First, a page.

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Flag of Austria-Hungary
Austria-Hungary was a constitutional union of the Austrian Empire and the Kingdom of Hungary from 1 March 1867 to 31 October 1918, with its capital at Vienna. The union was created in the aftermath of the failed Austro-Prussian War of 1866, and it was a multinational state, with 239,977 square miles of territory. Austria-Hungary ruled over much of Central Europe, Eastern Europe, and South Europe, controlling the present-day Czech Republic, Slovakia, Bosnia and Herzegovina, Montenegro, Croatia, and Slovenia and parts of Italy, Ukraine, and Poland in addition to Austria and Hungary. Austria-Hungary was an ally of the German Empire and the Ottoman Empire, and it dissolved after the defeat of the Central Powers in 1918 in World War I.

History

Franz Joseph

Emperor Franz Joseph I of Austria, the leader of Austria-Hungary for almost all of its existence.

In the aftermath of the 1848 Hungarian Revolution and the Austro-Prussian War of 1866, the Austrian Empire and the Kingdom of Hungary (both ruled in a personal union by the Emperor of Austria) were weakened. On 1 March 1867, the Austrian Empire and the Kingdom of Hungary (led in union by Emperor Franz Joseph I of Austria) signed the 1867 Compromise, which established a real union between the two countries. The armed forces were united under the Emperor-King and foreign affairs, defense, and finance were decided by him, while Austria and Hungary had separate prime ministers and parliaments. 

Austria-Hungary consisted of several present-day countries, ruling over much of central Europe and eastern Europe, owning the region of Czechoslovakia, southern Poland, and Galicia (the western half of Ukraine) to the north, while to the south they owned much of the Balkans (including Bosnia and Herzegovina, Montenegro, Croatia, and Slovenia) in addition to Transylvania (the mountainous region of western Romania and eastern Hungary).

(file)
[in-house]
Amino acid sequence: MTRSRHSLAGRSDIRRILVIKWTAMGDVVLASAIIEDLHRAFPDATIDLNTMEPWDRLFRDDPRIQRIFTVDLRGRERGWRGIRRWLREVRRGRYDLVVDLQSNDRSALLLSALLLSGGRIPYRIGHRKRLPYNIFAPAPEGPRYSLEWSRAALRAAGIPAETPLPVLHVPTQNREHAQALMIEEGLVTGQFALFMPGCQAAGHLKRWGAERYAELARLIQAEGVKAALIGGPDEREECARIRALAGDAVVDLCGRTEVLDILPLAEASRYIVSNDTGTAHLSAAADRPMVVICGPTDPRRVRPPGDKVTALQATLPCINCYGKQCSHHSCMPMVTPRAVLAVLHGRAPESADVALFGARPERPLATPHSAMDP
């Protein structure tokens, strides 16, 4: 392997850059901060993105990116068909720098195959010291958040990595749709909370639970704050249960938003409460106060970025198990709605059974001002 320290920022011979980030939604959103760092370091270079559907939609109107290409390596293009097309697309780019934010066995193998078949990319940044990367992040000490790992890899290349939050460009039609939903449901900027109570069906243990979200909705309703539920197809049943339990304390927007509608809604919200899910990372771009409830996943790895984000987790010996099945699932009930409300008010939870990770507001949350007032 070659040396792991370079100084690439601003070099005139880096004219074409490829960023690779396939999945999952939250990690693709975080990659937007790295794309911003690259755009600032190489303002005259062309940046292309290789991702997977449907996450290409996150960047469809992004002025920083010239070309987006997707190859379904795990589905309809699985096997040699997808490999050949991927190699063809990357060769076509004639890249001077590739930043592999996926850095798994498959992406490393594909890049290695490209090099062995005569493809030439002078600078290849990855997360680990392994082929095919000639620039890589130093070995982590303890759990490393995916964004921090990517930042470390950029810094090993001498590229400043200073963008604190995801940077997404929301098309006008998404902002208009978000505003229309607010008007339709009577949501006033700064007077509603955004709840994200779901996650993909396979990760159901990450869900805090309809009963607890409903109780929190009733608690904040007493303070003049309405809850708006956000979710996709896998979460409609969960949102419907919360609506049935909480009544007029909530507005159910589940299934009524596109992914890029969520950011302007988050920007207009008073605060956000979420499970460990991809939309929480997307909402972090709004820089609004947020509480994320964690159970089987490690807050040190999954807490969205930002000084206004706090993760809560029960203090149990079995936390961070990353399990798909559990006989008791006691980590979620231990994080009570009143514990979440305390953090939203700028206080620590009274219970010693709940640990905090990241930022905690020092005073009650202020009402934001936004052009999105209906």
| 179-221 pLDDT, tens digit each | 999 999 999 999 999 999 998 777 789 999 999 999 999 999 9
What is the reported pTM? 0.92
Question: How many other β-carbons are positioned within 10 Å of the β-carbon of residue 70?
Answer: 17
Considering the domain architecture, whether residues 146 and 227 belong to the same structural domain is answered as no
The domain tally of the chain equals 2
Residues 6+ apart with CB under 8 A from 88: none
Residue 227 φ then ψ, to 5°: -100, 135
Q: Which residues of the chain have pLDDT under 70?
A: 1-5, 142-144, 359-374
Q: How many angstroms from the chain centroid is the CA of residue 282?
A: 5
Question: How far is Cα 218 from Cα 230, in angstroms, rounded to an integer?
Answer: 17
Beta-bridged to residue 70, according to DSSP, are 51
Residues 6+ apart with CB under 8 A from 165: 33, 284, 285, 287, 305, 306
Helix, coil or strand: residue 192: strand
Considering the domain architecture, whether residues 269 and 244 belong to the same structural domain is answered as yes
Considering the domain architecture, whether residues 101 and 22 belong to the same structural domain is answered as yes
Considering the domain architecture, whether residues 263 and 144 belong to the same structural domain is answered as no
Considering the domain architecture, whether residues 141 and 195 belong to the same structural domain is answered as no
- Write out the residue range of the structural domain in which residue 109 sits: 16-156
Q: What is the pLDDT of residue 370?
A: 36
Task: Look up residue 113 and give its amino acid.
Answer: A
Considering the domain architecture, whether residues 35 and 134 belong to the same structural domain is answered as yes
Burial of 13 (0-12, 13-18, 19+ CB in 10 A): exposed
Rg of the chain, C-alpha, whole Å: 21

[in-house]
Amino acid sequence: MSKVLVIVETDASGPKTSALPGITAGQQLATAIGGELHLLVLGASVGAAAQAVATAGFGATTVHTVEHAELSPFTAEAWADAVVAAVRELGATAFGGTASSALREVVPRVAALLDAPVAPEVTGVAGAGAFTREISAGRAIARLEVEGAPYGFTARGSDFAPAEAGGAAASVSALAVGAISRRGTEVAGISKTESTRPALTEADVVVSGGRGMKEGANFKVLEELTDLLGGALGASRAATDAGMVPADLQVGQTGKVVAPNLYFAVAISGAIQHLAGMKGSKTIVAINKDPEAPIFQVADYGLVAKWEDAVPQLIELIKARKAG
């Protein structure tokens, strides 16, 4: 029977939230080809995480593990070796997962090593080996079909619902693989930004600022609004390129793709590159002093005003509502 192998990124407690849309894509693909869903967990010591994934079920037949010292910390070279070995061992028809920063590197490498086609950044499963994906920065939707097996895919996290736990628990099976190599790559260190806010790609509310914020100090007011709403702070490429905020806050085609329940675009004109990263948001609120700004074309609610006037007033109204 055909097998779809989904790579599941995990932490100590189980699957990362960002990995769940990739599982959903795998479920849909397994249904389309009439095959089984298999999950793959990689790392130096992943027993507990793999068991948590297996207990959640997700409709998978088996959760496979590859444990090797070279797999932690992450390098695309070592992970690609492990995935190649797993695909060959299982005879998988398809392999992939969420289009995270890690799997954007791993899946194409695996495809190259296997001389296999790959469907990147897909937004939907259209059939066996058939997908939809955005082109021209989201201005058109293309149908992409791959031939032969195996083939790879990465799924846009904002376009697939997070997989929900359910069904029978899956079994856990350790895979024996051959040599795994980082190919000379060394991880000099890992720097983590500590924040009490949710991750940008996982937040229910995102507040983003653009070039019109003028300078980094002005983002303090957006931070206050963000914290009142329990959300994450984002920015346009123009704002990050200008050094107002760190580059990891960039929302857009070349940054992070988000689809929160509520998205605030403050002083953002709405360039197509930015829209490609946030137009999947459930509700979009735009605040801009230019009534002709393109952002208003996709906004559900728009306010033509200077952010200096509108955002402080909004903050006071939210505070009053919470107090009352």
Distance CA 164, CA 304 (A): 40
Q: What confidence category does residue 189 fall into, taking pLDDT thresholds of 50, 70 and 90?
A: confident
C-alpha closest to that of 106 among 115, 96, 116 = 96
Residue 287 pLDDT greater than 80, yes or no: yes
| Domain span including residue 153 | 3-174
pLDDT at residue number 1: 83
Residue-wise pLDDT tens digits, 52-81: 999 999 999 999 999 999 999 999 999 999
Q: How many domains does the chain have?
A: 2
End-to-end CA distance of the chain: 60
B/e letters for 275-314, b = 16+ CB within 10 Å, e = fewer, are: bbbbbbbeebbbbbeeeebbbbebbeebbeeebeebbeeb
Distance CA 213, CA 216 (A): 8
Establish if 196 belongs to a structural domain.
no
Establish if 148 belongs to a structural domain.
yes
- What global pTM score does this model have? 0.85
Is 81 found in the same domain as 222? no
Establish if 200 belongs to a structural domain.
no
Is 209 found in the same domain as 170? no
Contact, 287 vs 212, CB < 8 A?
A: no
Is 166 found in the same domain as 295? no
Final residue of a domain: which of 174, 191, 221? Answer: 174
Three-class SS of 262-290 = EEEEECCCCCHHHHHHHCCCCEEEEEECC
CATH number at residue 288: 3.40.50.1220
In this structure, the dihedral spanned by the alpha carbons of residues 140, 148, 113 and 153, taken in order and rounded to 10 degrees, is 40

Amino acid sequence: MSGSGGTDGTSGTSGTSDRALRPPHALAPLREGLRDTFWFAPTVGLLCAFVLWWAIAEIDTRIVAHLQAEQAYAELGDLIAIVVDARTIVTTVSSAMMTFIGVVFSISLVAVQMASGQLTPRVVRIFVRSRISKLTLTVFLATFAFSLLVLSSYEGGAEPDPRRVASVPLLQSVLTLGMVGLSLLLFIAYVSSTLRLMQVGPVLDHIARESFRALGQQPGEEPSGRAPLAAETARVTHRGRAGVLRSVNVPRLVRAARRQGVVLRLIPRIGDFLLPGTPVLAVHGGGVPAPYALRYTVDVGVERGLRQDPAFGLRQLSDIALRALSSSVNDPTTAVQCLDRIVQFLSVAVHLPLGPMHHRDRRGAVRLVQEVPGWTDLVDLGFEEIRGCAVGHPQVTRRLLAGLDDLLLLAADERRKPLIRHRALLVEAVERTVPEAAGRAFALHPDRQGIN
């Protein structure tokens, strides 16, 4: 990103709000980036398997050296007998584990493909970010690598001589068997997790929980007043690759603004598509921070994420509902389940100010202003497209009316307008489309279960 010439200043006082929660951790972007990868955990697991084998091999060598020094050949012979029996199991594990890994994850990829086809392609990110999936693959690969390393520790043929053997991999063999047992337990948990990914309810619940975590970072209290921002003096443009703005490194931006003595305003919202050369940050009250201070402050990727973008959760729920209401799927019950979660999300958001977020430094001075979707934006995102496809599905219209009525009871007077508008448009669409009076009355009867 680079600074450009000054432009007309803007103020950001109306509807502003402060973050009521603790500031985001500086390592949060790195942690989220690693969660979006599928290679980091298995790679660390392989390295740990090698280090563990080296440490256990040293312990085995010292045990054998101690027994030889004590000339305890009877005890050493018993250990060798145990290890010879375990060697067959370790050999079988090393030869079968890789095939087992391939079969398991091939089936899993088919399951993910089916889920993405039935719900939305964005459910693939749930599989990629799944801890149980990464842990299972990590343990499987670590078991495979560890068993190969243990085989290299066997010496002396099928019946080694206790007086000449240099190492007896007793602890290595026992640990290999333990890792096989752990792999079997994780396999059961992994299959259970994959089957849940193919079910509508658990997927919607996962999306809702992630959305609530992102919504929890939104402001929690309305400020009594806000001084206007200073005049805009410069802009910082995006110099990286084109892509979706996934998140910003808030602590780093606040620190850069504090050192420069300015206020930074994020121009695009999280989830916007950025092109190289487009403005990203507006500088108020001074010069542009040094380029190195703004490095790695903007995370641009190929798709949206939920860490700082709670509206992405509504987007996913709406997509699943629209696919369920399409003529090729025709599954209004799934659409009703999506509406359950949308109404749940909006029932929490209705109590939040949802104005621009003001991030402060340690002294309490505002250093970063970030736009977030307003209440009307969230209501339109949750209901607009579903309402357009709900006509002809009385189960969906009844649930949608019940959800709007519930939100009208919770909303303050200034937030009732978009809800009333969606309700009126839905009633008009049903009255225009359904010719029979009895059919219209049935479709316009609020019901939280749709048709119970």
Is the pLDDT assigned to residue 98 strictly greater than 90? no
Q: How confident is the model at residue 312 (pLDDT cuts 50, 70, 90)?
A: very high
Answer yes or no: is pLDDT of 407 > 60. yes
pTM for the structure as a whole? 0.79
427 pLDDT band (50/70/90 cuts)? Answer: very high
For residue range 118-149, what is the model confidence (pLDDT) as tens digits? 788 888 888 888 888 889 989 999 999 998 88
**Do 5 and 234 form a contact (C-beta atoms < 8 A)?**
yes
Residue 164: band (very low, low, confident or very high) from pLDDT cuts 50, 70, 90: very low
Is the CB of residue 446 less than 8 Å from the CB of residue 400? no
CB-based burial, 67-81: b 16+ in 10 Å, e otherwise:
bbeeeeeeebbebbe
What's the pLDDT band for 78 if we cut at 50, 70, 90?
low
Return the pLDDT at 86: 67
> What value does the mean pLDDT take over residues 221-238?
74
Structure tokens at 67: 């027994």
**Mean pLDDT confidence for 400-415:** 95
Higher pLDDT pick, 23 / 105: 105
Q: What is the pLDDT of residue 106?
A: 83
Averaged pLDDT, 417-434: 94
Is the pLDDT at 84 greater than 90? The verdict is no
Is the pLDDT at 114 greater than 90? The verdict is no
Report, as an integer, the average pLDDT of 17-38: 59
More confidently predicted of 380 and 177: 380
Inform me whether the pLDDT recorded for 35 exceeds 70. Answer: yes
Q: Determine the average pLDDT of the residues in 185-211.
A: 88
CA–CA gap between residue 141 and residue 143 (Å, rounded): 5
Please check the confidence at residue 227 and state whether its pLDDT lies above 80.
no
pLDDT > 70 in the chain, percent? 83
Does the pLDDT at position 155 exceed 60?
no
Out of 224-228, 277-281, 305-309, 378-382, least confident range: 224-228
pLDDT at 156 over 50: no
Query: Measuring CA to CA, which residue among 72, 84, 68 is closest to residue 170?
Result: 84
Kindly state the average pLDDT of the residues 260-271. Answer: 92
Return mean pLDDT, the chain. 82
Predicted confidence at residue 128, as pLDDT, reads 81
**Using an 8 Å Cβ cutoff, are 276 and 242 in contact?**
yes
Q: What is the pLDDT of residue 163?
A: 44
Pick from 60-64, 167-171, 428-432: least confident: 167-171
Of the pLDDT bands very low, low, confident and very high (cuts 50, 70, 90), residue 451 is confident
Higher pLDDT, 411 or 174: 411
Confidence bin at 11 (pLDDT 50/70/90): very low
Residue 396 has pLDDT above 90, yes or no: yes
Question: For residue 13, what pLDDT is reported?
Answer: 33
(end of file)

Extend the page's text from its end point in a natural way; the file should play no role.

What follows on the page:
The dual monarchy of Austria-Hungary, a Great Power along with the Russian Empire, German Empire, United Kingdom, France, and the United States, was one of the strongest countries on the planet. They allied with Germany in the Austro-German Alliance of 1878-1918, joined the German and Russian empires in the Three Emperors' Alliance in 1881-1887, an alliance with the Kingdom of Serbia in the 1881-95 Austro-Serbian Alliance, the Kingdom of Italy and Germany in the 1882-1915 Triple Alliance, and the Austro-German-Romanian Alliance of 1883-1916. They consolidated their positions in Europe with these alliances, although some were very brief. The Three Emperos' Alliance ended in 1887 because of Austria-Hungary and Russia's conflicting interests in the Balkans, and the alliance with Serbia ended for similar reasons in 1895. Austria-Hungary expanded its non-European empire by annexing Tianjin in China as a colonial concession in 1901 following the Boxer Rebellion, during which it sent marines to guard its embassy to the Qing Dynasty. It also sent the Austro-Hungarian Navy and some troops to assist in the quelling of the xenophobic Boxers and the Qing Army.

Austro-Hungarian uniforms

Uniforms of the Austro-Hungarian Army.